to the first MONDAY MEME!

your cup
of coffee
along and most of all, your valued opinion. Every Monday I will post your comments with follow-up questions. Please email me with your suggestions, possibly with a link if it a news-related event. I will toss them all in a hat and draw the lucky winner! The following related news story and questions came from '
Michele's' site. Okay, read away!!

Related news story'

For a year, Julee Lacey stopped in a CVS pharmacy near her home in a Fort Worth suburb to get refills of her birth-control pills. Then one day last March, the pharmacist refused to fill Lacey's prescription because she did not believe in birth control. "I was shocked," says Lacey, 33, who was not able to get her prescription until the next day and missed taking one of her pills. "Their job is not to regulate what people take or do. It's just to fill the prescription that was ordered by my physician." Some pharmacists, however, disagree and refuse on moral grounds to fill prescriptions for contraceptives. And states from Rhode Island to Washington have proposed laws that would protect such decisions. (By the way, the guy behind Lacey successfully buys Viagra from the same pharmacist.)

Do you agree that pharmacists must dispense any and all drugs a doctor prescribes? Do you think a pharmacist should be permitted to "refuse on moral grounds to fill prescriptions for contraceptives?"

kudos to 'jc's designs'


jc said...

I think it should be an obligation that comes with accepting the license to dispense prescription drugs.

JudyforDean said...

Nice one, Karen & jc!

Thankful said...

I agree it should be an obligation with the job.

Eli Blake said...

Heck no!

If I refused service to a customer in my job, I'd be fired.

I teach math at a community college. Now, suppose I said that I refuse to teach statistics because statistics enables people to compute gambling odds, which might induce them to actually gamble, and gambling is immoral. Do you think my employer would buy that, or do you think they would fire me and hire someone who would teach the entire curriculum?

And most people, from waitresses to mechanics would be fired if they refused to serve the customers of the business they work for. I want to know, WHAT MAKES PHARMACISTS so (bleeping) special that they think they can do something that other people would be fired for?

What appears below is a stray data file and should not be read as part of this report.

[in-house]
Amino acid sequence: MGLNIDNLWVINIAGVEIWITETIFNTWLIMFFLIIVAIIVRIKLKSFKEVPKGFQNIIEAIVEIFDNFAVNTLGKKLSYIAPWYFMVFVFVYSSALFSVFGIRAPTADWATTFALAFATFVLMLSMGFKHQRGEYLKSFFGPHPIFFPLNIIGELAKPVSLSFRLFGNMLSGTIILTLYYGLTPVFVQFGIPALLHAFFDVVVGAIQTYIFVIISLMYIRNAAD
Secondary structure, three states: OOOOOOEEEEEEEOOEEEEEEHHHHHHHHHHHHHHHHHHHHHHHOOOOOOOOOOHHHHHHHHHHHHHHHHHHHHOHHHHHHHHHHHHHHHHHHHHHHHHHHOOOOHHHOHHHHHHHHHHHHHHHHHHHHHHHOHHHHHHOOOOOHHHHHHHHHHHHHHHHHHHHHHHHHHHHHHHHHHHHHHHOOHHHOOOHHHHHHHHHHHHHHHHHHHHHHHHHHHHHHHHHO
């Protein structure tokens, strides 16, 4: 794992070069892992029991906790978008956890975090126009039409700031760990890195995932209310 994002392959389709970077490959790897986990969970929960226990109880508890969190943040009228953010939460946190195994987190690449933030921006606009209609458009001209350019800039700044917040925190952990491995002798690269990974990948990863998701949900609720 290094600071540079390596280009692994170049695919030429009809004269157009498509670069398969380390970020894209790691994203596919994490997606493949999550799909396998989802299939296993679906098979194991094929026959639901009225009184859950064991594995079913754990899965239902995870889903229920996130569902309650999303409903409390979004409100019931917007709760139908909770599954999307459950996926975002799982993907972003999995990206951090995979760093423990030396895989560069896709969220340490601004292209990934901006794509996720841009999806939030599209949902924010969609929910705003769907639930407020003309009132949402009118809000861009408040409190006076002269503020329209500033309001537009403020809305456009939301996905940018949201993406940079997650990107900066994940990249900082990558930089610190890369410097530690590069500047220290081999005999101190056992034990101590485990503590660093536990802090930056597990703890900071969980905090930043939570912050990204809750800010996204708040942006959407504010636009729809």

rgmb said...

How's this? If the pharmacist is the ONLY one around, I agree with everyone else that he should be required to sell all drugs, HOWEVER, around where I live he'd be out of business in a heartbeat because the competition would swallow him up. So in that regard I say, let him sell whatever he wants, he'll be 'spiting his nose to save his face'.

Blue said...

I posted on this a while back:

Had a massive spit :-)

The Phoenix said...

I respect that pharmacist's beliefs and morals on the contraceptives issue. That's fine.

However, he still has a job and a duty to serve others as a pharmacist. Unless it's something illegal, he has to dispense the pharmaceuticals as directed by this woman's doctor.

The same goes for the morning after pill, although that's an even more heated debate.

Johnboy said...

There's a huge legal push to make a WalMart store dispense the morning after pill. It's along the same lines that it should come with the license to dispense medications. I'm all for letting them hang themselves on this issue and having broader controls to allow alternative medicines and optional avenues for people to purchase medicines. The Pharmaceutical industry is as out of control as gas and oil.

Jolynn said...

Hey, thanks for the comment! I hardly ever come across people with my name. I was always the only Jolynn in school. I love when I hear it!

As for the question, I absolutely don't think that a pharmacist should be able to refuse service based on so called "moral" objections. Since when do we go to the pharmacy to get moral advice or opinions? That pharmicist should be fired or at the very least reconsider their profession.

puppytoes said...

the first time i heard this story i was shocked/outraged! naturally i think a licensed pharmacist should dispense any and all meds prescribed by a doctor--unless there's some overall policy held by the drug store (which, unless i'm mistaken, there wasn't)--failure to do so is absolutely grounds for dismissal.

do pharmacists take some kind of oath that allows them to bow out of fulfilling their jobs if they somehow find a drug "morally apprehensible"? i'm pretty sure they do not!